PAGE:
Wednesday, July 15, 2015

"The bigger the existing accumulation of debt, the larger must be any new credit use before it provides a boost to the economy."

Interest costs relative to GDP for the Federal government and the whole U.S. economy:

Graph #1: Federal (blue) and Everybody's (red) Interest Cost as a Percent of GDP

I extended the trend of the red line back so you can see what low looks like.

The vertical line of black dots show the year 1992. That's the year Ross Perot wrote:
Today we have a $4-trillion debt. By 2000 we could well have an $8-trillion debt. Today all the income taxes collected from the states west of the Mississippi go to pay the interest on that debt. By 2000 we will have to add to that all the income tax revenues from Ohio, Pennsylvania, Virginia, North Carolina, New York, and six other states just to pay the interest on the $8 trillion.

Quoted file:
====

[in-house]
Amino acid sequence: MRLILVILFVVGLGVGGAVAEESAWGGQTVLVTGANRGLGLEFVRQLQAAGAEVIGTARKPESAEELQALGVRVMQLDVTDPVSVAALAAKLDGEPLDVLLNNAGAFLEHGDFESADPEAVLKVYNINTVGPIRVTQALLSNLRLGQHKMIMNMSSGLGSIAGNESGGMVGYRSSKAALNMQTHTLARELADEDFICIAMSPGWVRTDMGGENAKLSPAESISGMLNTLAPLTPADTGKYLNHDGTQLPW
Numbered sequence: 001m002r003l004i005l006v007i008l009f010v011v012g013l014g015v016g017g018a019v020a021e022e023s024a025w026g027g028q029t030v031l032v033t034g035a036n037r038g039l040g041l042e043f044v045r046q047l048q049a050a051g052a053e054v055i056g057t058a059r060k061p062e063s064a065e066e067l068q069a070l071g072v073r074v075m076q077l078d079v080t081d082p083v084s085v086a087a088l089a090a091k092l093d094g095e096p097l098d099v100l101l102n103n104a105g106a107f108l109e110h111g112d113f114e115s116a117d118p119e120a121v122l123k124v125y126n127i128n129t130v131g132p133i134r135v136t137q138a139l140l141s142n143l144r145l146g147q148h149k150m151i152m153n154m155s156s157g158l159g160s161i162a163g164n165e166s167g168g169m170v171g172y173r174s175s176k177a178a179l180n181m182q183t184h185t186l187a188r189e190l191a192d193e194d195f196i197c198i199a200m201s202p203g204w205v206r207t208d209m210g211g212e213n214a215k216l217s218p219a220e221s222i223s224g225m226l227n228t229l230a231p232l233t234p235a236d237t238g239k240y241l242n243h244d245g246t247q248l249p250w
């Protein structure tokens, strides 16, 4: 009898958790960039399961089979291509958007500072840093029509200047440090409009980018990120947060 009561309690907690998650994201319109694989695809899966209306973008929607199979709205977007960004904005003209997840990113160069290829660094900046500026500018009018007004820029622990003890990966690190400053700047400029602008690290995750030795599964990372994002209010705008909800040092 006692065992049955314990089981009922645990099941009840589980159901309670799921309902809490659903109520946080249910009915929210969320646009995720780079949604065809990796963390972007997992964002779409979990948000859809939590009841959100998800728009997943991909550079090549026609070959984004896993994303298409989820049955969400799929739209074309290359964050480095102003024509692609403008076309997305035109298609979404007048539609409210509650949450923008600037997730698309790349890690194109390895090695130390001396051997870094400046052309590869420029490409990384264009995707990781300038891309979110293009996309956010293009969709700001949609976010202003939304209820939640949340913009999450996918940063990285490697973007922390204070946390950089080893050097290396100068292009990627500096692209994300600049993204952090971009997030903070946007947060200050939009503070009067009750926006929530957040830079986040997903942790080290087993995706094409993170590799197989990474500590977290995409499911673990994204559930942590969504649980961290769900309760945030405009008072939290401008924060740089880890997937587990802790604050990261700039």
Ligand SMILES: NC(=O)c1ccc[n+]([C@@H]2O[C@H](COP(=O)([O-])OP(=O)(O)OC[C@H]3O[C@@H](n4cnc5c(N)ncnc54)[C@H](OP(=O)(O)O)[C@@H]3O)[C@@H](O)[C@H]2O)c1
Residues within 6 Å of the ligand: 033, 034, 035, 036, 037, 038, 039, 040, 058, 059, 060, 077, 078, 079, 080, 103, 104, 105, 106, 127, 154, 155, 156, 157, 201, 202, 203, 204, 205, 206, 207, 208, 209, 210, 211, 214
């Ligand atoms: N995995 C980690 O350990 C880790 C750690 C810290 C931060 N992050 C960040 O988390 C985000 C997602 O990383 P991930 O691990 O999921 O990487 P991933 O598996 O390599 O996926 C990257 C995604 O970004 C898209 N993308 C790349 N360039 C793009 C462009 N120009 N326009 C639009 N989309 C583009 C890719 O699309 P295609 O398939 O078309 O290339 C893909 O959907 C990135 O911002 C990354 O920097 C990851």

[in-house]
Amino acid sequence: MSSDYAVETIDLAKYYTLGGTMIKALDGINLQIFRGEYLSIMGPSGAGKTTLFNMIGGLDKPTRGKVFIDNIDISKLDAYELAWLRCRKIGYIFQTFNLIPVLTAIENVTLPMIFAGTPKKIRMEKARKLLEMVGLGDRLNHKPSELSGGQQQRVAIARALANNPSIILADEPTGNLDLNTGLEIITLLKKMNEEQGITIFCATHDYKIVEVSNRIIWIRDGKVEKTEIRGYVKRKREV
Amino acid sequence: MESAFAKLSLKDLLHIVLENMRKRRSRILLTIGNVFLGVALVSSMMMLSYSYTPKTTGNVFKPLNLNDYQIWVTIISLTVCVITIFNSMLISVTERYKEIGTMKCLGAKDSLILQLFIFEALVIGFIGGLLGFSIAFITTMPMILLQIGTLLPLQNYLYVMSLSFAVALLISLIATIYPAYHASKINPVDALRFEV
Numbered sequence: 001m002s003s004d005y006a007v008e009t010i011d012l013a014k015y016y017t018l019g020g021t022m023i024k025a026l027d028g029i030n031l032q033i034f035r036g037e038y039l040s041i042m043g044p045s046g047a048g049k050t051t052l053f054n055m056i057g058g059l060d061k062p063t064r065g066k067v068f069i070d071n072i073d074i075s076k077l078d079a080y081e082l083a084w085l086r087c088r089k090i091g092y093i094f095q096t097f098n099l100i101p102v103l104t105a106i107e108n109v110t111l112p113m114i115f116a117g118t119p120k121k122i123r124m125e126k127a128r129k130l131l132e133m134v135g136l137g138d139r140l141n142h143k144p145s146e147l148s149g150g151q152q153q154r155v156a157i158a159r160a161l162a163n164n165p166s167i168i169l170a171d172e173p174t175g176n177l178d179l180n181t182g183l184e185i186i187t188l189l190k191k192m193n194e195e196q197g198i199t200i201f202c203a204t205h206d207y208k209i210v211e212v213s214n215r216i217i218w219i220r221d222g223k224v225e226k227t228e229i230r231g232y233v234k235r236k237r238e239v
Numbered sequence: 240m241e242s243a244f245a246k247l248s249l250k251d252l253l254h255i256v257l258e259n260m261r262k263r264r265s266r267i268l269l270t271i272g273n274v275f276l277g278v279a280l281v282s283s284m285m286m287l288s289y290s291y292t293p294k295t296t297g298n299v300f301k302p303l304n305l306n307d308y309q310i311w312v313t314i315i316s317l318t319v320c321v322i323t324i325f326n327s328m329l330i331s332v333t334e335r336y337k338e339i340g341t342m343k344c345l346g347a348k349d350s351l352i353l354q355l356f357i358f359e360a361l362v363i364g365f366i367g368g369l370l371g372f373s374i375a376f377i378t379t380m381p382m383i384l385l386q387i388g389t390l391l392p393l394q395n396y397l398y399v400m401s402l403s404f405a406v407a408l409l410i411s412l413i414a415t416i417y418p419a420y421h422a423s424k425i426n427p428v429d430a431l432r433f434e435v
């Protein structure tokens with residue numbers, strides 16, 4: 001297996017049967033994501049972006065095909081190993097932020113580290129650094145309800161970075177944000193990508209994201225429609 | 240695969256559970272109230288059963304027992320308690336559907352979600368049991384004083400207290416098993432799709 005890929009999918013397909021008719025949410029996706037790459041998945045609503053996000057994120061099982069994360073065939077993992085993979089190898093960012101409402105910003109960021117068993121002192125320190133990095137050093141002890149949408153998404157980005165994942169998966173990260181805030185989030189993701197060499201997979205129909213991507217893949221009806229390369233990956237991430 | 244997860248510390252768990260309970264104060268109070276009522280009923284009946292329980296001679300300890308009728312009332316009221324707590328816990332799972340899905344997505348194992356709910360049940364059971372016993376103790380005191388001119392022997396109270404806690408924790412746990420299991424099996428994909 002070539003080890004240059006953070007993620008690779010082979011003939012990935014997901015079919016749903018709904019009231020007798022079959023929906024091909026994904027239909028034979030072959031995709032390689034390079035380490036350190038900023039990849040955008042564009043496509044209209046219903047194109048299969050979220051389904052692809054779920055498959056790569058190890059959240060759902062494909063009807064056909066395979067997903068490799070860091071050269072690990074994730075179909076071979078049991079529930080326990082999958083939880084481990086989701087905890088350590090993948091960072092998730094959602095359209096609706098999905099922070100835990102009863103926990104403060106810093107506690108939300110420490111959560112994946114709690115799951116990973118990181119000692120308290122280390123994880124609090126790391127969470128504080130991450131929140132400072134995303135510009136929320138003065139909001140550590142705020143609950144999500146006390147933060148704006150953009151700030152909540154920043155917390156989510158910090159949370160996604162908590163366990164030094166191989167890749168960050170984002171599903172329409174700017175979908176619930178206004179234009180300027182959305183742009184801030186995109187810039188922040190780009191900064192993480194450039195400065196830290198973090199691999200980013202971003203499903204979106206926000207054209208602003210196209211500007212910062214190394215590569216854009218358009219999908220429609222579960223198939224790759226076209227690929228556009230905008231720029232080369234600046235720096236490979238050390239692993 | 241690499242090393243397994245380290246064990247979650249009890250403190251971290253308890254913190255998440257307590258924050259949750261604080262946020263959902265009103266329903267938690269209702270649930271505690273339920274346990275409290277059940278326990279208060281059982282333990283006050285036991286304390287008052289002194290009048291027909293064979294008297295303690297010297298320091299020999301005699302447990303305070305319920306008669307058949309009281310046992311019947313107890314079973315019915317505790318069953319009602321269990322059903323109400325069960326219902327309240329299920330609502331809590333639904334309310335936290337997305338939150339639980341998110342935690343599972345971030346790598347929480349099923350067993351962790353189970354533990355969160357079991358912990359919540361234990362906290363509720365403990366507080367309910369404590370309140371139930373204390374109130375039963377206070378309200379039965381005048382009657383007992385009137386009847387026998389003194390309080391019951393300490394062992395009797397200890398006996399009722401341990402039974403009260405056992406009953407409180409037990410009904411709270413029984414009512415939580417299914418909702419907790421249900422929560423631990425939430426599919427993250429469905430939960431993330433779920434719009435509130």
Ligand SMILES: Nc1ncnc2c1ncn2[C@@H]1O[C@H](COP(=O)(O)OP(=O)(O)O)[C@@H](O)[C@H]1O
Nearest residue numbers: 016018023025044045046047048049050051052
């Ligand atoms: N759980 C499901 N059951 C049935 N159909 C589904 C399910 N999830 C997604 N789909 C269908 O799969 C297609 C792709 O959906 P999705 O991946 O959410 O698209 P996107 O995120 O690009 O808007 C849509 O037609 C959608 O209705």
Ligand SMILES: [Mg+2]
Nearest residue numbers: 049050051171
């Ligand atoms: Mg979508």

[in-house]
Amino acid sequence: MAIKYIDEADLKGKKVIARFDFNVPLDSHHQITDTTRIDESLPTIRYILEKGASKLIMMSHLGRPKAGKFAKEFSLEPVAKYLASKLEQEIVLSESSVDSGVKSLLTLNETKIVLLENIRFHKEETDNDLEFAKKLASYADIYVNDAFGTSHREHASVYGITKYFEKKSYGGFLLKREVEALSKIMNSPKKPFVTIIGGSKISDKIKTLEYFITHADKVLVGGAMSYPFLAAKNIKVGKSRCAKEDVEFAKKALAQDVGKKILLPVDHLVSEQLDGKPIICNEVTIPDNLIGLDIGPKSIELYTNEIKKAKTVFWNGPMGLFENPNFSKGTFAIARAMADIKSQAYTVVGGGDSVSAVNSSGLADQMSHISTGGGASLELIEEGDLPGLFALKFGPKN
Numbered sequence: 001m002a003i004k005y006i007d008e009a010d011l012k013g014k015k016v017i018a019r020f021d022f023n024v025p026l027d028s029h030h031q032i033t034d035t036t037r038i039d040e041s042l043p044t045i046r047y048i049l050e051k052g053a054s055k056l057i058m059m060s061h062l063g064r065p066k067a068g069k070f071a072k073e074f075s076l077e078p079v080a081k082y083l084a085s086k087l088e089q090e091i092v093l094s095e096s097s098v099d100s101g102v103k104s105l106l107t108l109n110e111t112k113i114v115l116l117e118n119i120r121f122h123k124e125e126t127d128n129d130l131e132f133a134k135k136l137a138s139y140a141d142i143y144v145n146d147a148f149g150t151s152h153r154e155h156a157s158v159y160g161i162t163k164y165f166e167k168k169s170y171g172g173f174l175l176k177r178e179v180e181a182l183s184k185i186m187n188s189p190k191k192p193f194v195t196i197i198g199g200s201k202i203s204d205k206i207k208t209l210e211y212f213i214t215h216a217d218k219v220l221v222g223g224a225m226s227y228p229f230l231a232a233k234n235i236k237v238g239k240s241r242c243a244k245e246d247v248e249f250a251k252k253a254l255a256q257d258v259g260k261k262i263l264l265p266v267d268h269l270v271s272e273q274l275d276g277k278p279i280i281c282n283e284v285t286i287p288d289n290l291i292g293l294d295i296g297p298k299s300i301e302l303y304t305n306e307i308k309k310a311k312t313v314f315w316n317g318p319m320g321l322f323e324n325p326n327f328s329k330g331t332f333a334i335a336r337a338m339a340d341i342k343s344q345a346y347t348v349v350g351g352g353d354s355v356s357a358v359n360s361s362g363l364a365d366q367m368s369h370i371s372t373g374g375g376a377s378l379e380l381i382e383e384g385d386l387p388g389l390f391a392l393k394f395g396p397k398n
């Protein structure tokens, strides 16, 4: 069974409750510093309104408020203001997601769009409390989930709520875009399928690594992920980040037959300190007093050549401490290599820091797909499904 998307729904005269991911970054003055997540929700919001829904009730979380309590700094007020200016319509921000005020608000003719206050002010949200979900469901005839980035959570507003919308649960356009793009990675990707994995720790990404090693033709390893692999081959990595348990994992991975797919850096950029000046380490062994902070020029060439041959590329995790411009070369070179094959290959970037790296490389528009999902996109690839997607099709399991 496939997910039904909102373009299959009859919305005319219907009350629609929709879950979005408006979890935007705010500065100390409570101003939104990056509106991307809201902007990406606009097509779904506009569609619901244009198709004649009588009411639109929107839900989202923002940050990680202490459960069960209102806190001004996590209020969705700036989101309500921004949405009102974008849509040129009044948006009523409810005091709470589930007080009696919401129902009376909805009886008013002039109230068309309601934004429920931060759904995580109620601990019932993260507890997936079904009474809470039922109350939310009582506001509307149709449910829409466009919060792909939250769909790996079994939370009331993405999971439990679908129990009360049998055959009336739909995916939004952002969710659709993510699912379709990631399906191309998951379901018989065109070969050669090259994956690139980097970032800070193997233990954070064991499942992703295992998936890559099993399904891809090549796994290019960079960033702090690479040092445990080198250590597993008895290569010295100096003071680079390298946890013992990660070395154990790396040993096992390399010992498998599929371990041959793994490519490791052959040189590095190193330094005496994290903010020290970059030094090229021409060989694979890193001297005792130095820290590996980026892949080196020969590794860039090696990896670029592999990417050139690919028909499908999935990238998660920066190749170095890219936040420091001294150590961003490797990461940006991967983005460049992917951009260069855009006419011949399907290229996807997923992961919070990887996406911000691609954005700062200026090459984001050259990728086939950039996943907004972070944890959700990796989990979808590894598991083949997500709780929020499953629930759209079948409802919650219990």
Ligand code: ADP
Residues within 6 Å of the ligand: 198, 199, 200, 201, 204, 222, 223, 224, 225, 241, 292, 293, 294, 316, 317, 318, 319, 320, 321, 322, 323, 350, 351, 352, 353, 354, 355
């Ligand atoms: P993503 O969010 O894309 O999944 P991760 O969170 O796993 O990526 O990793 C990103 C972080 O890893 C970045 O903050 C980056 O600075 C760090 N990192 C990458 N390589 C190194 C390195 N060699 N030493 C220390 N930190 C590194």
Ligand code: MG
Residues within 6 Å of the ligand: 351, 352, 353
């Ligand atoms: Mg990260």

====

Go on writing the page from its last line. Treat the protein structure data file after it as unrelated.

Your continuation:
If you live in one of those states, take a look at the IRS payroll deduction that reduces your next week's take-home pay. Your money is going just to pay interest on this debt, which in 1993 will amount to $214 billion. During the first 152 years of our nation's existence, we spent less than $214 billion to operate the entire government of the United States! ...

And let me repeat: that $214 billion we'll pay next year is interest only. Interest doesn't buy a thing...
From United We Stand by Ross Perot

Perot was talking about the Federal debt, the blue line in this picture. The low line.

The interest on private debt doesn't buy anything, either. The red line.

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